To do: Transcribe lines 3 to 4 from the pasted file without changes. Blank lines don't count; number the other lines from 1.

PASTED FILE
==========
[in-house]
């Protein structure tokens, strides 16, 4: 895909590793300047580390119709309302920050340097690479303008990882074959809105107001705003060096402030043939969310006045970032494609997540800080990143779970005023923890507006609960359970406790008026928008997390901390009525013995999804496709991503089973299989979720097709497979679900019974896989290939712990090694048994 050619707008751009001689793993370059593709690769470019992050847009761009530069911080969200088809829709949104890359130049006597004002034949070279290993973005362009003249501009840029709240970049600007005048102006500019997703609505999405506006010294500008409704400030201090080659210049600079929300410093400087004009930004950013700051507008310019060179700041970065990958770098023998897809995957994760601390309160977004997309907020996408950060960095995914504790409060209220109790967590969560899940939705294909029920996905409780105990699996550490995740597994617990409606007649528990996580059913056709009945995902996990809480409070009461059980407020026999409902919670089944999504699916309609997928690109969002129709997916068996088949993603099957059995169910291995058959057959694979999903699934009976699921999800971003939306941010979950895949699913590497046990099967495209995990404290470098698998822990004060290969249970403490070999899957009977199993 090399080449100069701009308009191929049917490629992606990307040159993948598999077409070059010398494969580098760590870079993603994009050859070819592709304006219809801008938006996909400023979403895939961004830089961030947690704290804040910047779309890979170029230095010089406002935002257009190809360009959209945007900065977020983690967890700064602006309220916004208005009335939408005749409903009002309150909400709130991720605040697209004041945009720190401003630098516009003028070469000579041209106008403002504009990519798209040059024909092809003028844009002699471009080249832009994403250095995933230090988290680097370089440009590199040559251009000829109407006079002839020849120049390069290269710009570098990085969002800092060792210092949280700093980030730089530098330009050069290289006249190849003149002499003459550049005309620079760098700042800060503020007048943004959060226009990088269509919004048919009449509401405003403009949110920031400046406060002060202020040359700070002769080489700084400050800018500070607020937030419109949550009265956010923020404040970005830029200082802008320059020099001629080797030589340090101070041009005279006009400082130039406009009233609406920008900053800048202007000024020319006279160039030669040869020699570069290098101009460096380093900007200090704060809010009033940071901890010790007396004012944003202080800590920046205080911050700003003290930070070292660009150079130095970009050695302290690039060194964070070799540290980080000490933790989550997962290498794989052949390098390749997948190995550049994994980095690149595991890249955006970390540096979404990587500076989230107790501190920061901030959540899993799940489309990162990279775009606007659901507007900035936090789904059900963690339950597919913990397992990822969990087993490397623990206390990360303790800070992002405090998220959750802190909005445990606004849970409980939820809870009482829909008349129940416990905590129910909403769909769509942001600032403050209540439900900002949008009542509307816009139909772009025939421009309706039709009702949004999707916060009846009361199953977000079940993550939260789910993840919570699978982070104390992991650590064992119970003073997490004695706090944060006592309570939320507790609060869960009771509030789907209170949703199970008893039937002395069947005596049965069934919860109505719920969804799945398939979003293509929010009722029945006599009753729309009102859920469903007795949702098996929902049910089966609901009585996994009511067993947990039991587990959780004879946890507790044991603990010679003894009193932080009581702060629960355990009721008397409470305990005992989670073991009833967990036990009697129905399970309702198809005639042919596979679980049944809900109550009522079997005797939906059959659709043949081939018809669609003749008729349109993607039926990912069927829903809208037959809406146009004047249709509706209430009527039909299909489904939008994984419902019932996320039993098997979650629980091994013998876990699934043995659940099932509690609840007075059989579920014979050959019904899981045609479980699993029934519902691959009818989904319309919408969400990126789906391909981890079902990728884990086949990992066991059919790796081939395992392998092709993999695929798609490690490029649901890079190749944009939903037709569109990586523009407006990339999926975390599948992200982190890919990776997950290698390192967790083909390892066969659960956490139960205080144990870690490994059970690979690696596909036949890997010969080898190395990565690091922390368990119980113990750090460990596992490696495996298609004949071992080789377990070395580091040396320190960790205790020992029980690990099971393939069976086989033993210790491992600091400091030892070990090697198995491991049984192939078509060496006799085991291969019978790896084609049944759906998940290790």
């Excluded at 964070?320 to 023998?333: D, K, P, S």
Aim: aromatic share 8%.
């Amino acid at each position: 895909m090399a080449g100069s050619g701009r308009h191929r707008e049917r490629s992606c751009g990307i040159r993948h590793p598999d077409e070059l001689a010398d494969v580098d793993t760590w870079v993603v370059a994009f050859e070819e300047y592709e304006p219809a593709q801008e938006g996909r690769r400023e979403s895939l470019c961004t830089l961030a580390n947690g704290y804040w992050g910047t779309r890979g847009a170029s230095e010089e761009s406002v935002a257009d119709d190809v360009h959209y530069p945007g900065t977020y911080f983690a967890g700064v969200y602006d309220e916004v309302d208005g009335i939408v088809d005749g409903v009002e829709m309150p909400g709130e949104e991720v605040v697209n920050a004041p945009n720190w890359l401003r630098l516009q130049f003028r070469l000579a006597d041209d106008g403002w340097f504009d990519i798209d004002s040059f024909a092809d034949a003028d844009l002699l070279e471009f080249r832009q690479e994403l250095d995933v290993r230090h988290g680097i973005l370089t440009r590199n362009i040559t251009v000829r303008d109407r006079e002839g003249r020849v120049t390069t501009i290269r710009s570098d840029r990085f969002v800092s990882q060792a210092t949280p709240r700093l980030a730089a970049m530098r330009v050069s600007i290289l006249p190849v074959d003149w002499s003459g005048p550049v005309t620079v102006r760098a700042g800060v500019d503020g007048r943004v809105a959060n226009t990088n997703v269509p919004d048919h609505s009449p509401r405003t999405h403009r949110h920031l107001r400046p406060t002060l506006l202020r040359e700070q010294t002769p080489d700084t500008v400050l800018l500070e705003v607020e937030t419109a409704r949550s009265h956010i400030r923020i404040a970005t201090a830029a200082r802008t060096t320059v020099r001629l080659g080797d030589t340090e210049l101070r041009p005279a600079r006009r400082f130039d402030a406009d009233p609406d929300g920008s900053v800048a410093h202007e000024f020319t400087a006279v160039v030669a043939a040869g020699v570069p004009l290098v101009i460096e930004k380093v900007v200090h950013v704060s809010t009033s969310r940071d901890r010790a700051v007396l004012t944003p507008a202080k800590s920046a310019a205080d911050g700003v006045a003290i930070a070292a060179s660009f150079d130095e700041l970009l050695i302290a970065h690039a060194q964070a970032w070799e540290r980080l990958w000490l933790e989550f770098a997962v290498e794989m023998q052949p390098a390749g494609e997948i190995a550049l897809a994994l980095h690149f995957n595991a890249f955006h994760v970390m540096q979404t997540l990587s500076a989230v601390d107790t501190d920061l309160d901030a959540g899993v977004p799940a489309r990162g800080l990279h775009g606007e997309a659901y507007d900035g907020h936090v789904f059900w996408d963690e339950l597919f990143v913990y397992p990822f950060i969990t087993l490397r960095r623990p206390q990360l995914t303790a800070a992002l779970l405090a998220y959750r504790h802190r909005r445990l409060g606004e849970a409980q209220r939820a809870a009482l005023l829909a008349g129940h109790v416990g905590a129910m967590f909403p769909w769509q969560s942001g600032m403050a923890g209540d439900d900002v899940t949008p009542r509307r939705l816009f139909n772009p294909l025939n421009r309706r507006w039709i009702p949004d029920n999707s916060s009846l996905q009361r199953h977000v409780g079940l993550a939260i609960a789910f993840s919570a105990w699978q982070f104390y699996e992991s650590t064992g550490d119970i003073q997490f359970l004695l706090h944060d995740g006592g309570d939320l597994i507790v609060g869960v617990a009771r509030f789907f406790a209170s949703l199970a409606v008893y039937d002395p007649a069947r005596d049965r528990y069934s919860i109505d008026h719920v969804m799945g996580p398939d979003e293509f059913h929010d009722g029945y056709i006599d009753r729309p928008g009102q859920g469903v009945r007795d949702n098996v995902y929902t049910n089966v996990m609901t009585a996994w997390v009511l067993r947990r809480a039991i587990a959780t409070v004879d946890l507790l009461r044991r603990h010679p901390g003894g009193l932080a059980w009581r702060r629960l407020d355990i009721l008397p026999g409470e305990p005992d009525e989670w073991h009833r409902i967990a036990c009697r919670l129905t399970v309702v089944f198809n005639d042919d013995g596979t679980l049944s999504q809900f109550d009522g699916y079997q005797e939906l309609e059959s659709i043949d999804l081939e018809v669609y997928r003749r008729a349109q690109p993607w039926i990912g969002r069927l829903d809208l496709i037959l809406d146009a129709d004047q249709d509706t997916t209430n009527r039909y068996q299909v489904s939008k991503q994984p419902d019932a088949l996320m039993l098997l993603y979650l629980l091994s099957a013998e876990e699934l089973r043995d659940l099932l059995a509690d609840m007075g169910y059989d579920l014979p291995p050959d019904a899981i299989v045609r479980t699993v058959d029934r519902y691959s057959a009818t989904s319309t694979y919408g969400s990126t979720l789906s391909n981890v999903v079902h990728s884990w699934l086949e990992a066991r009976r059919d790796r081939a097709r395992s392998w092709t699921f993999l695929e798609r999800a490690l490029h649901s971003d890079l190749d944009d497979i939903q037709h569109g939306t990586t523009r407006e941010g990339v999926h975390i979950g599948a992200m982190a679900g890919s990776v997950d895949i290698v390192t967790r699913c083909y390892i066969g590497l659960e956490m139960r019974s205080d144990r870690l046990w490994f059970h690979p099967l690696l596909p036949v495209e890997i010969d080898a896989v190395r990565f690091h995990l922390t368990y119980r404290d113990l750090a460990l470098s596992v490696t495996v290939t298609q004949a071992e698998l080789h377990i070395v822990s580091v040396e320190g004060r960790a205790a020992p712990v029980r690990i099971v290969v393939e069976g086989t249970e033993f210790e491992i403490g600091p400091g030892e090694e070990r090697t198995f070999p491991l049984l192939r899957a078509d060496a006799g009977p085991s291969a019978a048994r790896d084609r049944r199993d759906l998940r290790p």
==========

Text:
């Excluded at 964070?320 to 023998?333: D, K, P, S």
Aim: aromatic share 8%.